10. "I have a dream" was not apart of the final draft of King's speech.
9. A retired college basketball coach has the only hard copy of the speech.
Villanova volunteer assistant basketball coach George Raveling. When King’s speech was done, Raveling just walked right up to him and said, “Dr. King, can I have those?”
8. He quoted a Negro spiritual.
Quoated, "Free At Last," MLK, Jr. reminded the country of the progress already made towards racial equality and the miles left to go.
7. He was once considered an average public speaker.
In grade school Martin recieved a 'C' in public speaking.
6. King's speech was too long.
MLK, Jr spoke for sixteen minutes, his cut off time was four minutes. He was the only Speaker who was not cut off after the four-minute time limit.
5. It made history in more ways than one.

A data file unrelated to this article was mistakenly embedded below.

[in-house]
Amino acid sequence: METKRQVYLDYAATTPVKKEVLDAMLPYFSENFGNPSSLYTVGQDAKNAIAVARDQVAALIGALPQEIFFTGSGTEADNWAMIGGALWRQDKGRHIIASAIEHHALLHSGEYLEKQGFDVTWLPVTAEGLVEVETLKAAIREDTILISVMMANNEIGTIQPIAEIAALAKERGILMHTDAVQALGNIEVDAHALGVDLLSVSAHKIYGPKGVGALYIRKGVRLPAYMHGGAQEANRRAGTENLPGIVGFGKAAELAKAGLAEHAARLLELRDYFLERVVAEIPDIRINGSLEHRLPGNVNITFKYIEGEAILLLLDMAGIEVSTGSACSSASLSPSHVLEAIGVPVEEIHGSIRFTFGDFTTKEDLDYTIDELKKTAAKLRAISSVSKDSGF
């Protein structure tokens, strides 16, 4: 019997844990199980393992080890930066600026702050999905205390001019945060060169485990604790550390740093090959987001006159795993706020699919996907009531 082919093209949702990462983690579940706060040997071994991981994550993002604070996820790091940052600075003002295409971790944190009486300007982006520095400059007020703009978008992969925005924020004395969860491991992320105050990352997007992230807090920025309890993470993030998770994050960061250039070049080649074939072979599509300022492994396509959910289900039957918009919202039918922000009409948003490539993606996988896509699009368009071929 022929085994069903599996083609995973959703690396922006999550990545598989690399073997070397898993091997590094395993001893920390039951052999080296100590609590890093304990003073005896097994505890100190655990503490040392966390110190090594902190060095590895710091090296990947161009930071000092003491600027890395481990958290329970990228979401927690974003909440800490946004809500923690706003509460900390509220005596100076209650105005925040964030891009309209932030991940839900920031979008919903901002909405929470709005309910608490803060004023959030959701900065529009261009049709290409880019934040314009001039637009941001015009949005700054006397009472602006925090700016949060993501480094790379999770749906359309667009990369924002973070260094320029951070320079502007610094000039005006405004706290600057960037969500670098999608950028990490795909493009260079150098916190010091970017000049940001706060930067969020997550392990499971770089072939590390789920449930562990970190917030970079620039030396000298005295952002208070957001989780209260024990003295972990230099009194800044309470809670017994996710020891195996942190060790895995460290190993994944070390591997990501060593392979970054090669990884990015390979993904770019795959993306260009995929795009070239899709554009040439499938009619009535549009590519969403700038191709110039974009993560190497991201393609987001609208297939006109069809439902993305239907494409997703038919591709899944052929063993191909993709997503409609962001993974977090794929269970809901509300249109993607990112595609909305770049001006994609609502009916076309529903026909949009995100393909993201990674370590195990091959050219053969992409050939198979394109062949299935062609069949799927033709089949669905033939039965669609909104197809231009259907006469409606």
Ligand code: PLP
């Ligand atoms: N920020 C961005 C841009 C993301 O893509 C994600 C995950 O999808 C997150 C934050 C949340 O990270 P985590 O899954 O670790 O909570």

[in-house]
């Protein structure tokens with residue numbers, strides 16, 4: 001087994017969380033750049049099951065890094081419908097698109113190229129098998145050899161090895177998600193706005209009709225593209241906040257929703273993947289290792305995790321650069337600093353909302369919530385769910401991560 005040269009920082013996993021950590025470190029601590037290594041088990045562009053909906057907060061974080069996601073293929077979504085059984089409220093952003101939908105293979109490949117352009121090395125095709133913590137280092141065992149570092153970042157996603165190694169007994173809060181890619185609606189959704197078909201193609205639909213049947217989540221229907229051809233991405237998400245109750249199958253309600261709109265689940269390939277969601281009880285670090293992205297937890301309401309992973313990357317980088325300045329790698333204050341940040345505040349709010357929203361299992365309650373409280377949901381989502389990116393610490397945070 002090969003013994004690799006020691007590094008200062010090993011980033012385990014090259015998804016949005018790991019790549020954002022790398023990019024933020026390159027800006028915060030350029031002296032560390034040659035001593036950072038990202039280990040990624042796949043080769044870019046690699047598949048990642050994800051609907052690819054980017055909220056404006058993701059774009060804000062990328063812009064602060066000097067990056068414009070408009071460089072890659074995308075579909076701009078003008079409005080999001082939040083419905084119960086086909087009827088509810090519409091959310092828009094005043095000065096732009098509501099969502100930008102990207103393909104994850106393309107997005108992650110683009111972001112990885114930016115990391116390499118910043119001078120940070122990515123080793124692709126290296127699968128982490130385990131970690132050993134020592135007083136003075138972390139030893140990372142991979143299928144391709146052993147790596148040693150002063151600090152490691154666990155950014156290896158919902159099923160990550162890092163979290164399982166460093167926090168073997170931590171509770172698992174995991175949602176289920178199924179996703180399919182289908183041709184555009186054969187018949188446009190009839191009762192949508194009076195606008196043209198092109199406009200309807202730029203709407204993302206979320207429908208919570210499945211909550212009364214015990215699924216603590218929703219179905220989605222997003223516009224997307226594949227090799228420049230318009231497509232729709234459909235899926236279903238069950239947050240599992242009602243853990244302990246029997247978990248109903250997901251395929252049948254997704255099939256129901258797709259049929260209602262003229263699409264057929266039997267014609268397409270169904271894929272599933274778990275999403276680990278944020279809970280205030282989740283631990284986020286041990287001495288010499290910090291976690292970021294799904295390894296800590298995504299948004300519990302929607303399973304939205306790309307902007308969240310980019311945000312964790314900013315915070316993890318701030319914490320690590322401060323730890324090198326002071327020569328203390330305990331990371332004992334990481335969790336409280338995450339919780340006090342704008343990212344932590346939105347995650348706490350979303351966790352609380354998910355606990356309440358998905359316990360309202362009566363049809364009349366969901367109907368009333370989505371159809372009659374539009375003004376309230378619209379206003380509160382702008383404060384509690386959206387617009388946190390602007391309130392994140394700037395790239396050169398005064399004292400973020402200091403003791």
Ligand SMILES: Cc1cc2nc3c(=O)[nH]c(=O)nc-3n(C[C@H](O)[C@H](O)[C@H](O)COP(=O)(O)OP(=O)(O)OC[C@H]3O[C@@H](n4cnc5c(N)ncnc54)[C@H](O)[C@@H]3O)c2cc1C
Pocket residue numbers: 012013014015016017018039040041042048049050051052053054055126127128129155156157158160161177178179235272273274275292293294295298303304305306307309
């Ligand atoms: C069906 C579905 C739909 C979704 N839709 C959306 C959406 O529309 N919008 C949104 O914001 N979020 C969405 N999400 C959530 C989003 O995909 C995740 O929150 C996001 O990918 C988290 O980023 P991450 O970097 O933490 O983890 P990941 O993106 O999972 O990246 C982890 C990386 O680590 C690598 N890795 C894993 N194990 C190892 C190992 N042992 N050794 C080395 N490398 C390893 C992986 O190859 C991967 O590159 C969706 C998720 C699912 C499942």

King become the second black person to win a Nobel Peace Prize one year later.
4. The speech almost didn't happen.
The final draft, which he diverged from, was finished in the early morning hours on the day of the march. King was so focused on organizing march logistics that he spent very little time preparing his speech.
3. People traveled insane distances to participate in the march and hear the speech.
Allegedly, a teenager roller-skated from Chicago and a group of friends supposedly walked over 200 miles from New York to the nation's capital.
2. "Normalcy, Never Again" was the original titles of the famous " I have a dream" speech.
1. "The speech" put MLK, Jr. on the FBI's watchlist.
Letter from FBI to Dr. Martin Luther King, Jr.
Less than 72 hours following the "Normalcy, Never again" speech, FBI Agent William C. Sullivan labeled King as "the most dangerous Negro... in this Nation" due to his incredible influence, which only increased following the march.